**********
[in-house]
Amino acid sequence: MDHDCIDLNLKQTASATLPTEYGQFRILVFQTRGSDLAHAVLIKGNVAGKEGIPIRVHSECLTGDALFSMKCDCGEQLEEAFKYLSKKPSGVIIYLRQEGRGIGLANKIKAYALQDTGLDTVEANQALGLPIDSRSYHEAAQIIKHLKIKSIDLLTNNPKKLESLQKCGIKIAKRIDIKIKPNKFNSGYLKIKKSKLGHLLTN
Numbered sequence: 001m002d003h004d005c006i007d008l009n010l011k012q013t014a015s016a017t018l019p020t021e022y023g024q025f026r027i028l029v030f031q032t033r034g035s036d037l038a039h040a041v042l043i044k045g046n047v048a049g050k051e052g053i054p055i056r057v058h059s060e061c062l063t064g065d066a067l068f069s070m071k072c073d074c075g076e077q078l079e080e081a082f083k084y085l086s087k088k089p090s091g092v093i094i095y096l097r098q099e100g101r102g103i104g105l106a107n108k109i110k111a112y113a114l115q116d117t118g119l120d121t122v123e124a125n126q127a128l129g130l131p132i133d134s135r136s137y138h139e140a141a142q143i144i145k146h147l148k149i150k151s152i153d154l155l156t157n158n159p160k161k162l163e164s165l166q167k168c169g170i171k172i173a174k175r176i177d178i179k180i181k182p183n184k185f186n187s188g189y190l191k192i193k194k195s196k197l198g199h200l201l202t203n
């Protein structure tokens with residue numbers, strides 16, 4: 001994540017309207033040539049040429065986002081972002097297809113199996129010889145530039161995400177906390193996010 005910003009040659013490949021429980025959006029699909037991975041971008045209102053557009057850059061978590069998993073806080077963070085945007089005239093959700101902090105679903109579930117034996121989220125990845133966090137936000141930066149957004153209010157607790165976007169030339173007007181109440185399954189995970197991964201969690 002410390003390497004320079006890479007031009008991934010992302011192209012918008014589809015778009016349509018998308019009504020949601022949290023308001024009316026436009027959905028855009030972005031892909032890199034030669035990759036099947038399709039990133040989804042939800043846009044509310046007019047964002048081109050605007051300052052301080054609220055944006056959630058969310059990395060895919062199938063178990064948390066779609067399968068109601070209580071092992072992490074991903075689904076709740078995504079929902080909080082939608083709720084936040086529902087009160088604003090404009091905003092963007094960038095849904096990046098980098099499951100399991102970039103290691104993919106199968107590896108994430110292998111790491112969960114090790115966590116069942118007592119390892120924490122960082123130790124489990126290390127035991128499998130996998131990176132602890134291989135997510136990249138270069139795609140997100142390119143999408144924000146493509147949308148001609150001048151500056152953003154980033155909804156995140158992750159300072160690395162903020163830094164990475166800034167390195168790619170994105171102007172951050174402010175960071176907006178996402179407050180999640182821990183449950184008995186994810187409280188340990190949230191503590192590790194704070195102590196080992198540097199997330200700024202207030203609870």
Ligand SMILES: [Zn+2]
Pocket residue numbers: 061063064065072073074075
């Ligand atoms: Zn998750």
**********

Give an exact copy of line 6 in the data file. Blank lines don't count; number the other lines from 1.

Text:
Pocket residue numbers: 061063064065072073074075